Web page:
"[A] petitioner can abuse the writ [of habeas corpus] by raising a claim in a subsequent petition that he could have raised in his first, regardless of whether the failure to raise it earlier stemmed from a deliberate choice." McCleskey v. Zant, 499 U.S. 467, 489, 111 S. Ct. 1454, 1468, 113 L. Ed. 2d 517 (1991); see also, e.g., Gomez v. United States District Court, 503 U.S. 653, 653-54, 112 S. Ct. 1652, 1653, 118 L. Ed. 2d 293 (1992). Failure to raise a claim is, however, excusable "upon a showing of cause and prejudice," or "that a fundamental miscarriage of justice would result from a failure to entertain the claim." McCleskey v. Zant, 499 U.S. at 493-95, 111 S. Ct. at 1470; see also, e.g., Sawyer v. Whitley, 505 U.S. 333, 112 S. Ct. 2514 at 2518, 120 L. Ed. 2d 269.

 The new grounds raised by Romero in his 1996 Petition that were not included in his 1988 Petition do not fall within either of the exceptions excusing a failure to submit claims in a prior petition.

 1. Romero Does Not Satisfy the Cause and Prejudice Exception

 "For cause to exist, [an] external impediment, whether it be government interference or the reasonable unavailability of the factual basis for the claim, must have prevented petitioner from raising the claim." McCleskey v. Zant, 499 U.S. at 497, 111 S. Ct. at 1472; see also, e.g., Amadeo v. Zant, 486 U.S. 214, 222, 108 S. Ct. 1771, 1776, 100 L. Ed. 2d 249 (1988); Murray v. Carrier, 477 U.S. 478, 488, 106 S. Ct. 2639, 2645, 91 L. Ed. 2d 397 (1986). "Once the petitioner has established cause, he must show '"actual prejudice" resulting from the errors of which he complains.'" McCleskey v. Zant, 499 U.S. at 494, 111 S. Ct. at 1470.

 Romero offers no justification for failing to raise the new grounds in his previous 1988 Petition. Nowhere in his 1996 Petition or his counsel's lengthy memoranda of law does Romero allege that he has discovered new relevant evidence or that he was in any way impeded from raising any of the current grounds in his prior 1988 Petition. Romero also fails to show any prejudice arising from any prior inability to include these grounds in his 1988 petition. The 1996 Petition thus does not fall under the "cause and prejudice" exception.

 2. Romero's Petition Does Not Satisfy the Fundamental Miscarriage of Justice Exception

 Romero also asserts an underlying claim of actual innocence (1996 Petition at p. 1), presumably to bring his case within the "narrow class of cases . . . implicating a fundamental miscarriage of justice," where "a constitutional violation probably has caused the conviction of one innocent of the crime." McCleskey v. Zant, 499 U.S. at 494, 111 S. Ct. at 1470; see also, e.g., Schlup v. Delo, 513 U.S. 298, 115 S. Ct. 851, 861, 864, 130 L. Ed. 2d 808 (1995); Murray v. Carrier, 477 U.S. at 496, 106 S. Ct. at 2649; Kuhlmann v. Wilson, 477 U.S. 436, 452, 106 S. Ct. 2616, 2626-27, 91 L. Ed. 2d 364 (1986). A petitioner must therefore demonstrate "that it is more likely than not that 'no reasonable juror' would have convicted him" absent the constitutional violation. Schlup v. Delo, 115 S. Ct. at 868.

 Moreover, as the Supreme Court made clear in Herrera v. Collins, "the fundamental miscarriage of justice exception is available 'only where the prisoner supplements his constitutional claim with a colorable showing of factual innocence.'" 506 U.S. 390, 113 S. Ct. 853, 862, 122 L. Ed. 2d 203 (1993) (quoting Kuhlmann v. Wilson, 477 U.S. at 454, 106 S. Ct. at 2627, emphasis added). Thus, "to be credible, such a claim [of innocence] requires petitioner to support his allegations of constitutional error with new reliable evidence -- whether it be exculpatory scientific evidence, trustworthy eyewitness accounts, or critical physical evidence -- that was not presented at trial." Schlup v. Delo, 115 S. Ct. at 865. "Without any new evidence of innocence, even the existence of a concededly meritorious constitutional violation is not in itself sufficient to establish a miscarriage of justice that would allow a habeas court to reach the merits of a barred claim." Id. at 861.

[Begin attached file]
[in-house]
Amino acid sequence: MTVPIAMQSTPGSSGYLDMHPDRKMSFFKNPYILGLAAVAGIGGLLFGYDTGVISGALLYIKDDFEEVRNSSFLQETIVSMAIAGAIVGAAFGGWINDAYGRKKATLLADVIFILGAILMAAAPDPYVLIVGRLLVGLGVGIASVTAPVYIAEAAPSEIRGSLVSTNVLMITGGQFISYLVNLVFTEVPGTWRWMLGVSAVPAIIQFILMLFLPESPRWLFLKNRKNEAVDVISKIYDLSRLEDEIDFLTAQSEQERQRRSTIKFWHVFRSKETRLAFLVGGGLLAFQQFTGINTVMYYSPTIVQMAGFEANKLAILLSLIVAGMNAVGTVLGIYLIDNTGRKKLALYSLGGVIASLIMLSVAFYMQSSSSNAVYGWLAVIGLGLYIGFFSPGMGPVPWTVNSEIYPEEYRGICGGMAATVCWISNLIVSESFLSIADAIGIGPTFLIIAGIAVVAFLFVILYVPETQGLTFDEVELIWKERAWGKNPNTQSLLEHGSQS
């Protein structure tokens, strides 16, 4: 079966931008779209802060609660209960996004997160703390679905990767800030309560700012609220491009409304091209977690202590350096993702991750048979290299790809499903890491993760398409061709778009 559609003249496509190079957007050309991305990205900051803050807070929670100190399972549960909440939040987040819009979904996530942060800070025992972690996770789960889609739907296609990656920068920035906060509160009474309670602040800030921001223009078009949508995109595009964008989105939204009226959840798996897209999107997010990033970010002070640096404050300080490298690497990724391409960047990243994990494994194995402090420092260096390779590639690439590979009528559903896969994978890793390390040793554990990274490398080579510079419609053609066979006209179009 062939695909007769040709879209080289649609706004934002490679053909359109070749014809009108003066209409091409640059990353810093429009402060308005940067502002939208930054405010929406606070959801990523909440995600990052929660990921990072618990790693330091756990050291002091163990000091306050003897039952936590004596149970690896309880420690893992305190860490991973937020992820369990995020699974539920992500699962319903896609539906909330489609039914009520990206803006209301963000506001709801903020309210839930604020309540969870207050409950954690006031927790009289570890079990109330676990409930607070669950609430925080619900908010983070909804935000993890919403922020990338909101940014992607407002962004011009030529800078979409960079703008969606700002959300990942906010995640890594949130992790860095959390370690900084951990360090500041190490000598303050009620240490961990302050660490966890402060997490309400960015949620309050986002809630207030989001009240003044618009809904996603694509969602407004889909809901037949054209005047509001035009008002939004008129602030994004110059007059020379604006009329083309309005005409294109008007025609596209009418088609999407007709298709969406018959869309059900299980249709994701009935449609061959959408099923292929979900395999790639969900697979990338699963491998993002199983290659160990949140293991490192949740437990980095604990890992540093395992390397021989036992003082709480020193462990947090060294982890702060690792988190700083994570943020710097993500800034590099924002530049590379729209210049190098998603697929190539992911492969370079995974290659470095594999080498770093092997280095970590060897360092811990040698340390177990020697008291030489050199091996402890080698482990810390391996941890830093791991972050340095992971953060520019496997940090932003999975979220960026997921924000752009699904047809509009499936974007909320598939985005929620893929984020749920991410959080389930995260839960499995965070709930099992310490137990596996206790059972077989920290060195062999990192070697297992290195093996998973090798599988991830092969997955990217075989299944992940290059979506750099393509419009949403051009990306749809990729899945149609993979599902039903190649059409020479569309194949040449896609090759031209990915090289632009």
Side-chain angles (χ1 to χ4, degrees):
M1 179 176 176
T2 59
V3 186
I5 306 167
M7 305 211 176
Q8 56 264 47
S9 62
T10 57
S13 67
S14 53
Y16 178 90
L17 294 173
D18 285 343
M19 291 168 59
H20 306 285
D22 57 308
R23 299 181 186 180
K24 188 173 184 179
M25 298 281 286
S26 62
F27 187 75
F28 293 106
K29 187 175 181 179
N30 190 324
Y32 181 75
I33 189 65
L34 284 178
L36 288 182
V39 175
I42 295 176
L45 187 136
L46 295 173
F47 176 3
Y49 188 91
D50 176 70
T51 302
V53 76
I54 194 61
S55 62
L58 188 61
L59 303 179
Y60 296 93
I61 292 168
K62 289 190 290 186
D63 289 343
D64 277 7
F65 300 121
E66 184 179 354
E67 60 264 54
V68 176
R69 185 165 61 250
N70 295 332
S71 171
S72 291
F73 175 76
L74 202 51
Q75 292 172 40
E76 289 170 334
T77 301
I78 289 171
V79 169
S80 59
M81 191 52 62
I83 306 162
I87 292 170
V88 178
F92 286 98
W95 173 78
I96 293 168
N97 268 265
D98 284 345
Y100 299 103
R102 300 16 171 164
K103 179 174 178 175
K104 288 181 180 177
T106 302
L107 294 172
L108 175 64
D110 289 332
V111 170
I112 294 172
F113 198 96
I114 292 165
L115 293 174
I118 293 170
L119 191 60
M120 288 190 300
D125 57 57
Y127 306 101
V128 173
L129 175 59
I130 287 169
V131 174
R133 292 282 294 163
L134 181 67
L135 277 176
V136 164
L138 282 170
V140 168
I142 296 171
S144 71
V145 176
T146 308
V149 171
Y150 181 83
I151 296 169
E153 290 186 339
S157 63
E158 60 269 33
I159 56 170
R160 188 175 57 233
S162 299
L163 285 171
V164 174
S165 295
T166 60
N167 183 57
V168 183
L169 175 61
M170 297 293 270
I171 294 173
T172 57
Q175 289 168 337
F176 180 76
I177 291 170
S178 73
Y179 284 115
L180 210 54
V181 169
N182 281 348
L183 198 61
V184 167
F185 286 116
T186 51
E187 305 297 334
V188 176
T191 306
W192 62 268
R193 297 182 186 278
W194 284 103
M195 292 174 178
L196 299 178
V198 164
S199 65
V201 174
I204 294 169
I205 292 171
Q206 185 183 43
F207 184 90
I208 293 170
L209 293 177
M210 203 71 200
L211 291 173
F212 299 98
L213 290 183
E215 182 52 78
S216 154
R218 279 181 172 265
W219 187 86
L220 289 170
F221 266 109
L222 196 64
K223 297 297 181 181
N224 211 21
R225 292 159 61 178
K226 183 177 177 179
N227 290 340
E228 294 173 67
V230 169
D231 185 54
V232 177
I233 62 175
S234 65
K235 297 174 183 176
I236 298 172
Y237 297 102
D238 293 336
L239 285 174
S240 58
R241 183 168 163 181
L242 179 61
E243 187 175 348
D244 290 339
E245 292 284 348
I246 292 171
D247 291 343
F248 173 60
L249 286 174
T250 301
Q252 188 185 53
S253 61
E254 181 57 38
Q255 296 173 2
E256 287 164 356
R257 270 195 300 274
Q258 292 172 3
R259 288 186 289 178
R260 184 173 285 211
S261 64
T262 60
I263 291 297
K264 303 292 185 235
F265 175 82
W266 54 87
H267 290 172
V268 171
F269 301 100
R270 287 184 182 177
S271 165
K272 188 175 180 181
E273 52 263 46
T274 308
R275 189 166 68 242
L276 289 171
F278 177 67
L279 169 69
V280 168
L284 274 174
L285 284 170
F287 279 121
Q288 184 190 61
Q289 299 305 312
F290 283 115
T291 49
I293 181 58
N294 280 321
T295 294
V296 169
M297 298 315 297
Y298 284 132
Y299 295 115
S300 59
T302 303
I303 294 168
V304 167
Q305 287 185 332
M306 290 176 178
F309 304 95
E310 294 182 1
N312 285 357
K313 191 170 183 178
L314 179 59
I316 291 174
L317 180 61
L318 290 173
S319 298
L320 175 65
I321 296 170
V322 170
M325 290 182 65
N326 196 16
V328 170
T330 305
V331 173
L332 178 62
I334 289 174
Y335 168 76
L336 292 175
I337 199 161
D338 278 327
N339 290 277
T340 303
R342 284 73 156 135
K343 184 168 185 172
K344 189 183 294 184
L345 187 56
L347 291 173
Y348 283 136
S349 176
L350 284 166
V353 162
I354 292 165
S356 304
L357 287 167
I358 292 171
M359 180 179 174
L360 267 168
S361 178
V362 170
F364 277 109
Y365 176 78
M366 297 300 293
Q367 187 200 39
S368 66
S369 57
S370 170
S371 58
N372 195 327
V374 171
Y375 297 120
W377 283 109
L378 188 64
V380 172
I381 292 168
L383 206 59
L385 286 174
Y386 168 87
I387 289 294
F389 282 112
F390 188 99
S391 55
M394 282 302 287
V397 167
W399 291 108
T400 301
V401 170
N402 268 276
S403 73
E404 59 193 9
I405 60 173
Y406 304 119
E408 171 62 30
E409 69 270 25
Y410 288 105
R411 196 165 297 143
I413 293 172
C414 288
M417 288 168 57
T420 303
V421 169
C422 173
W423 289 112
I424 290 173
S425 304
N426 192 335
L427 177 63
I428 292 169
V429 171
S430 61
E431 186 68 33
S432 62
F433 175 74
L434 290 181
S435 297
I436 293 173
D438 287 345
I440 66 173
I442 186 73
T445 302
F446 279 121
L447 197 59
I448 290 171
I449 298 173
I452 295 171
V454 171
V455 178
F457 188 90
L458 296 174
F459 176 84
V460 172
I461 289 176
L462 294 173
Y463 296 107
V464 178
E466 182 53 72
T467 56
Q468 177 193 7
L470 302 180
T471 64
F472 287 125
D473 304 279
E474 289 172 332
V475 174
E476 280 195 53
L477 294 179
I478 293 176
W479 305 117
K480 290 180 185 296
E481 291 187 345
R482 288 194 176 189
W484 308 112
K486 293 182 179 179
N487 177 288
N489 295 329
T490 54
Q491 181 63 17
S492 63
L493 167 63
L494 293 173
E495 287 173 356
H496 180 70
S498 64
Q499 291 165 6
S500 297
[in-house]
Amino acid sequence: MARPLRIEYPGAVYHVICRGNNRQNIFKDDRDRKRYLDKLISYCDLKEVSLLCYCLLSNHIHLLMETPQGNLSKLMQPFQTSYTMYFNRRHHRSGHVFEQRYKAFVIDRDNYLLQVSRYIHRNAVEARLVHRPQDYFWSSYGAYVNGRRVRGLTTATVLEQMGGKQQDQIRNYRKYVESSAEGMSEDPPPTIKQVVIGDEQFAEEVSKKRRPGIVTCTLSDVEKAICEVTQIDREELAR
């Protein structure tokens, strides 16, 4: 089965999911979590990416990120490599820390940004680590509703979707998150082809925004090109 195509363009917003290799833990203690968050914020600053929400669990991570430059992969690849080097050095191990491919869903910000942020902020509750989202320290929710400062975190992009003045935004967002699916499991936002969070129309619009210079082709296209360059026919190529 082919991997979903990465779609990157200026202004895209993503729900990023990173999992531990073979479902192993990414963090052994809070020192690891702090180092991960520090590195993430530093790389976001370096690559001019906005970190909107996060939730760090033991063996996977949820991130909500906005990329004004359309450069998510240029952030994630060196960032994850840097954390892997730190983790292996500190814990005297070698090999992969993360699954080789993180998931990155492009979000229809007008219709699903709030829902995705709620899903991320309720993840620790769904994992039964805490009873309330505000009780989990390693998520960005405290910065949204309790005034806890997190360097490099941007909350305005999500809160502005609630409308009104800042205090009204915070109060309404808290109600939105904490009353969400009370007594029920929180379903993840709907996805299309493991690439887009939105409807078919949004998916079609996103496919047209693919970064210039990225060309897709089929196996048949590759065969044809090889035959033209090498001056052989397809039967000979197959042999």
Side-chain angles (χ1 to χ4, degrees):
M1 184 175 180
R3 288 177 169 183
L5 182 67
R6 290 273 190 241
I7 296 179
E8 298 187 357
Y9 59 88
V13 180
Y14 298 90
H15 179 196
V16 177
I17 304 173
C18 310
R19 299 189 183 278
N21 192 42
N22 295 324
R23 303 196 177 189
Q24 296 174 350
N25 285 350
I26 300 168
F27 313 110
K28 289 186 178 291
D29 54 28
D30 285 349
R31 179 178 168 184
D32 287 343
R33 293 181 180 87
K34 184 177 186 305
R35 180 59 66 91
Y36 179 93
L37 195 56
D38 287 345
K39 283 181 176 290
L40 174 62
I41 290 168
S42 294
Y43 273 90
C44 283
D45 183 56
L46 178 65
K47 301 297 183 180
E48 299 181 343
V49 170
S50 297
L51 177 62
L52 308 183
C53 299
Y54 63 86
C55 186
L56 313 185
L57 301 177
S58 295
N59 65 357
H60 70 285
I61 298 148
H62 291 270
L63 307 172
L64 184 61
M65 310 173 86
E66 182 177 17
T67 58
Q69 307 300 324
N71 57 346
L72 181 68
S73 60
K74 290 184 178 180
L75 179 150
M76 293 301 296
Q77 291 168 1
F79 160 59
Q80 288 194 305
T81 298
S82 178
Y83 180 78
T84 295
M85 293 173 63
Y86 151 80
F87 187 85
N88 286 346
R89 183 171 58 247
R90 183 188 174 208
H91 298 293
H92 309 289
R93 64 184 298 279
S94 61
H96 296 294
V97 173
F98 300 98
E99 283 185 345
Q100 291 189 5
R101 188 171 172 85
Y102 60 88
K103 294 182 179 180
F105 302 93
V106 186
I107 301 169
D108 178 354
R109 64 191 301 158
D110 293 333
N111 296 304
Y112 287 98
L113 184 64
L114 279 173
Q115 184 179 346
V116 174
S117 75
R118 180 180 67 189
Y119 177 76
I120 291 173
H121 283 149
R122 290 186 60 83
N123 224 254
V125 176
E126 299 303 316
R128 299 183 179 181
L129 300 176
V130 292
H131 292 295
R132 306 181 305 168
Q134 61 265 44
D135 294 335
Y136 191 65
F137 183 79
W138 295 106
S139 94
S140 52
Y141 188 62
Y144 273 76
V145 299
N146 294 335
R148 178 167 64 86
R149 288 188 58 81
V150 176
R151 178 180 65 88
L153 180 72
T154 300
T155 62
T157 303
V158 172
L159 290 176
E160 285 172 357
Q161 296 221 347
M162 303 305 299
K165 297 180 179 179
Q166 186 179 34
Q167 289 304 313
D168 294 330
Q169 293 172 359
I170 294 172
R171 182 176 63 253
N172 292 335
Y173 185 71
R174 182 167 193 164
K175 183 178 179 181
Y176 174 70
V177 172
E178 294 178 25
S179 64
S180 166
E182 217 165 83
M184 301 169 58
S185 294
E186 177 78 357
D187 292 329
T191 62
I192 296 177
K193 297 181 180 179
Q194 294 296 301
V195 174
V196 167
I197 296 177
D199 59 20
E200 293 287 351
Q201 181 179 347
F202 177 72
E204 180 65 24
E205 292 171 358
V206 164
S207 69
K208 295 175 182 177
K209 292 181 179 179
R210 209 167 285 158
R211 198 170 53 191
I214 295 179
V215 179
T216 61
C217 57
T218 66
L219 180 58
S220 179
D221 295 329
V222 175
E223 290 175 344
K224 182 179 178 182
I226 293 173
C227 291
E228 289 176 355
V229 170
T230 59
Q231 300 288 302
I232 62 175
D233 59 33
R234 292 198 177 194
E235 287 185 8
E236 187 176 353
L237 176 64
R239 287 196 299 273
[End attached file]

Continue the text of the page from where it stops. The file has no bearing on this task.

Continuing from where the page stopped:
Romero claims that he is "actually innocent of the crime for which he was convicted. At the time of the crime, he was home, at his birthday party." (1996 Petition at p. 1; see also Romero 2/29/96 Brief at 41-43; Romero 7/15/96 Brief at 21.) Romero, however, fails "to support his allegations of constitutional error with new reliable evidence . . . that was not presented at trial." Schlup v. Delo, 115 S. Ct. at 865. Romero raised his birthday party defense at trial, and the jury obviously did not believe it. (See Romero 2/29/96 Brief at 41-43, citing to examples of trial testimony of Romero's alibi defense.) Romero presents no new evidence in support of his claim of actual innocence. Because Romero fails to show new evidence of his innocence or that no reasonable jury would have convicted him of felony murder, his 1996 Petition does not fall within the parameters of the fundamental miscarriage of justice exception. The new claims in Romero's 1996 Petition thus constitute an abuse of the Writ of habeas corpus, and his petition should be dismissed.

 CONCLUSION

 For the reasons set forth above, I recommend that this Court deny Romero's second, 1996 habeas corpus petition as both a successive petition and an abuse of the writ.

 FILING OF OBJECTIONS TO THIS REPORT AND RECOMMENDATION

 Pursuant to 28 U.S.C. § 636(b)(1) and Rule 72(b) of the Federal Rules of Civil Procedure, the parties shall have ten (10) days from receipt of this Report to file written objections. See also Fed. R. Civ. P. 6. Such objections (and any responses to objections) shall be filed with the Clerk of the Court, with courtesy copies delivered to the chambers of the Honorable Michael B. Mukasey, 500 Pearl Street, Room 2240, and to the chambers of the undersigned, 500 Pearl Street, Room 1370. Any requests for an extension of time for filing objections must be directed to Judge Mukasey. Failure to file objections may result in a waiver of those objections for purposes of appeal. Thomas v. Arn, 474 U.S. 140, 106 S. Ct. 466, 88 L. Ed. 2d 435 (1985); IUE AFL-CIO Pension Fund v. Herrmann, 9 F.3d 1049, 1054 (2d Cir. 1993), cert. denied, 513 U.S. 822, 130 L. Ed. 2d 38, 115 S. Ct. 86 (1994); Frank v. Johnson, 968 F.2d 298, 300 (2d Cir.), cert. denied, 506 U.S. 1038, 113 S. Ct. 825, 121 L. Ed. 2d 696 (1992); Wesolek v. Canadair Ltd., 838 F.2d 55, 57-59 (2d Cir. 1988); McCarthy v. Manson, 714 F.2d 234, 237-38 (2d Cir. 1983).

 DATED: New York, New York

 August 13, 1996

 Respectfully submitted,

 Andrew J. Peck

 United States Magistrate Judge